Unlike other Pacific salmonids, steelhead can spawn more than one time (called iteroparity). When ready to spawn, steelhead will migrate from the ocean into the freshwater streams and rivers of their birth in order to mate. The females will prepare a "redd" (or nest) in a stream area with suitable gravel type composition, water depth and velocity and may deposit eggs in 4-5 "nesting pockets" within a redd. The eggs hatch in 3 to 4 weeks. Juvenile steelhead may spend up to 7 years in freshwater before migrating to estuarine areas as smolts and then into the ocean to feed and mature. They can then remain at sea for up to 3 years before returning to freshwater to spawn. Some populations actually return to freshwater after their first season in the ocean, but do not spawn and then return to the sea after one winter season in freshwater. The timing of return to the ocean can vary, and even within a stream system there can be different seasonal runs.
Steelhead can be divided into two basic reproductive types, based on the state of sexual maturity at the time of river entry and duration of spawning migration—stream-maturing and ocean-maturing. The stream-maturing type (summer-run steelhead in the Pacific Northwest and northern California) enters freshwater in a sexually immature condition between May and October and requires several months to mature and spawn. The ocean-maturing type (winter-run steelhead in the Pacific Northwest and northern California) enters freshwater between November and April, with well-developed gonads, and spawns shortly thereafter. Coastal streams are dominated by winter-run steelhead, whereas inland steelhead of the Columbia River basin are almost exclusively summer-run steelhead.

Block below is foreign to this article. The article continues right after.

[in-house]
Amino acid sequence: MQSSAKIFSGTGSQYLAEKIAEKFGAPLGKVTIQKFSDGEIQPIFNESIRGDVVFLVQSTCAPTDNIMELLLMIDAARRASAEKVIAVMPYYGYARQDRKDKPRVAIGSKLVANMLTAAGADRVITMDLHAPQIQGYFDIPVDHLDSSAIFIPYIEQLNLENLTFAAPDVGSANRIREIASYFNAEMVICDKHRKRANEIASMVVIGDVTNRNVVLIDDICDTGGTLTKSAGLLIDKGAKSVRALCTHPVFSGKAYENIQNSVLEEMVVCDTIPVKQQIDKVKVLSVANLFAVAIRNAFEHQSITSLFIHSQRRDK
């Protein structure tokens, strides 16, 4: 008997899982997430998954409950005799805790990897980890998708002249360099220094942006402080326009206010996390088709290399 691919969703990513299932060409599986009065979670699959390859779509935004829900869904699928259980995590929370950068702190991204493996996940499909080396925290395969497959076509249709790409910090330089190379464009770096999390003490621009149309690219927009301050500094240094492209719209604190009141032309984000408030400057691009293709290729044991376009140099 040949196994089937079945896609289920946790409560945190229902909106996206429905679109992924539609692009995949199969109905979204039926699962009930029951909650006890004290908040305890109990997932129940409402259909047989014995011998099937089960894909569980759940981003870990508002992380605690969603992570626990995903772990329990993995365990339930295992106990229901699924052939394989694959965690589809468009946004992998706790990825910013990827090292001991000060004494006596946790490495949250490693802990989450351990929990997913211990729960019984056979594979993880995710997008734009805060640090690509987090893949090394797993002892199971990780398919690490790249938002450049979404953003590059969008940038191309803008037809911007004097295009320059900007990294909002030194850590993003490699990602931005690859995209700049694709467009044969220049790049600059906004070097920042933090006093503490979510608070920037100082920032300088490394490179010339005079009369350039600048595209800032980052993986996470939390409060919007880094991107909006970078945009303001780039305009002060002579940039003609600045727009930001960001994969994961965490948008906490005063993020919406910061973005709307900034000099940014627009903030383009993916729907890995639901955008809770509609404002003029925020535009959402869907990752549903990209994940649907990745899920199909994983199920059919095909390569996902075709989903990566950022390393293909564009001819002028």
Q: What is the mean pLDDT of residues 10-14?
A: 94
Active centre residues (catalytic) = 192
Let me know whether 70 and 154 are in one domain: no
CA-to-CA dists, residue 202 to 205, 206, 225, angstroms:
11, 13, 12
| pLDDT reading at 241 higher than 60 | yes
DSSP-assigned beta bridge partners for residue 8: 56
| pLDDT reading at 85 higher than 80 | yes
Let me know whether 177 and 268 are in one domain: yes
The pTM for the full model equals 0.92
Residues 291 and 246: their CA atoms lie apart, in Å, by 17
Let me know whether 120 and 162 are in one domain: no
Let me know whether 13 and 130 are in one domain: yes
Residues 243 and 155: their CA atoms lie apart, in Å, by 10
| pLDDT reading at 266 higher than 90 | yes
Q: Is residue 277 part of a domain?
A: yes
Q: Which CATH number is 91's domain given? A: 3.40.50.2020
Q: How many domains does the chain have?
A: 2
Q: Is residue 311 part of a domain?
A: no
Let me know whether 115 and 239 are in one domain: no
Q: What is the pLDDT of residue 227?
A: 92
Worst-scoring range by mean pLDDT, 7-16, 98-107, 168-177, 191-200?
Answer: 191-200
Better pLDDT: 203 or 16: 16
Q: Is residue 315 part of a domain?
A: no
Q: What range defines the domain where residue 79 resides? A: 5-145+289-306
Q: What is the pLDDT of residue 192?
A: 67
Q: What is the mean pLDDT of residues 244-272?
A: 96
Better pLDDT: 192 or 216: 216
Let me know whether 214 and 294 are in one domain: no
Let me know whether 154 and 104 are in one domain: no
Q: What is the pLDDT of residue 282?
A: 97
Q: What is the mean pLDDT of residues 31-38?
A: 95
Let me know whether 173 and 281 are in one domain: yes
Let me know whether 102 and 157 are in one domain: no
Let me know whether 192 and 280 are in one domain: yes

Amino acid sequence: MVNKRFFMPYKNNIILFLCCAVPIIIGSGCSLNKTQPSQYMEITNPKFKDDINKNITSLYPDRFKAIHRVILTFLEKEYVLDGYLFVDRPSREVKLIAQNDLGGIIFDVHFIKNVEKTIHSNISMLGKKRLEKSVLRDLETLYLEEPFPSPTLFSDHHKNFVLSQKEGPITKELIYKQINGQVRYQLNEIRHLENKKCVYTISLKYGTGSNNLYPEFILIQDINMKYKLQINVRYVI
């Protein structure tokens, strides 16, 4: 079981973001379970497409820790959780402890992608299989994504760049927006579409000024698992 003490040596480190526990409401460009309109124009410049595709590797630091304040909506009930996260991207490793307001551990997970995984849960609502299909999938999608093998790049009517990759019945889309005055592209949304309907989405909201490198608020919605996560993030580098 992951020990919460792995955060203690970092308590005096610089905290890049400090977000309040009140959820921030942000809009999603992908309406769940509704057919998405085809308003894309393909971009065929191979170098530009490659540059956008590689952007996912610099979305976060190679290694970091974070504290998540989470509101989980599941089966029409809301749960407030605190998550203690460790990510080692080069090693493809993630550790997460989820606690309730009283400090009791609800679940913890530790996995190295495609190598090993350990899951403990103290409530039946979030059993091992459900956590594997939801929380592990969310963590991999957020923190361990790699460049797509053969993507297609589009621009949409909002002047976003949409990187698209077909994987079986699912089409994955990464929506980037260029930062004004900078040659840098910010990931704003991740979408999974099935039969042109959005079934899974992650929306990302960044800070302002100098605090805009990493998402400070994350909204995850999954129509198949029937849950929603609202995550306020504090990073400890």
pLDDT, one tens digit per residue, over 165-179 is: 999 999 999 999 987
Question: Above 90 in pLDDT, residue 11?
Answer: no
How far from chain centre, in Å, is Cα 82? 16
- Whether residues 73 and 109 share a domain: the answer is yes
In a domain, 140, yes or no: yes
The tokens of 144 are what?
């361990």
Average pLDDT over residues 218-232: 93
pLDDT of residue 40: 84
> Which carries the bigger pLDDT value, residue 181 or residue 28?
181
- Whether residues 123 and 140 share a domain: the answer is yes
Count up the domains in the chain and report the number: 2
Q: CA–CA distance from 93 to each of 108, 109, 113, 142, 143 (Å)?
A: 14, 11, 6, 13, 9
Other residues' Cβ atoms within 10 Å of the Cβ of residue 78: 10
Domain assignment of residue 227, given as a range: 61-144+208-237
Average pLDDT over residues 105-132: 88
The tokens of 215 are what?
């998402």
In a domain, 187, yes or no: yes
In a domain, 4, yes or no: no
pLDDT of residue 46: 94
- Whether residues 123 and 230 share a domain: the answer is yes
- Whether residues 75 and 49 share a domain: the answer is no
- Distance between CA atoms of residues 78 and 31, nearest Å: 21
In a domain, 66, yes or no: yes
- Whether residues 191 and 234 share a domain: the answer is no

To learn about steelhead on Toppenish, read on.
Steelhead and other ocean-run salmonids are known by the area and season where/when they spawn. These seasonal/location distinctions are known as ‘runs.’ Toppenish Creek supports Columbia River summer-run steelhead (as well as resident rainbow trout), which are known as Mid-Columbia River steelhead. The Mid-Columbia River steelhead spawns and rears in tributaries to the Columbia River in central and eastern Washington and Oregon.
These steelhead spawn upstream of the refuge and use the segments of the stream that pass through the refuge for rearing and migration. Seasonally flooded areas adjacent to Toppenish Creek and fish-accessible tributaries may provide temporary rearing habitat, although use of this habitat by salmonids has not been investigated.
Spring-run Mid-Columbia River Chinook salmon and upper Columbia River coho are also present in the Marion Drain tributary to Toppenish Creek and in Toppenish Creek downstream of the refuge. Spring-run Mid-Columbia River Chinook are also present in this lower portion of Toppenish Creek and are considered to be potentially present in the segment of Toppenish Creek that runs through the refuge. Columbia River coho salmon spawn in the Marion Drain that runs along the northern edge of the Chambers Unit and may also be present in Toppenish Creek.
Historically, the Columbia Basin produced significant runs of anadromous fish, including coho, sockeye, steelhead and spring, summer and fall chinook. Currently, summer chinook and sockeye are extinct in the Columbia Basin, and greatly reduced runs of spring and fall chinook, coho and steelhead return each year, making even the few fish using Toppenish Creek of importance. The Mid-Columbia River steelhead were listed in 1999 as “threatened” under the Endangered Species Act by NOAA-Fisheries.
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Steelhead are part of the history and mystique of the Northwest. Immortalized in ink by Zane Grey, pursued by anglers from around the world, prized by chefs throughout the region, steelhead are a defining symbol of the West Coast. Steelhead fishing, especially by dry fly, is an almost mythical experience to its followers. Toppenish NWR is doing its part to ensure the long-term viability of steelhead populations.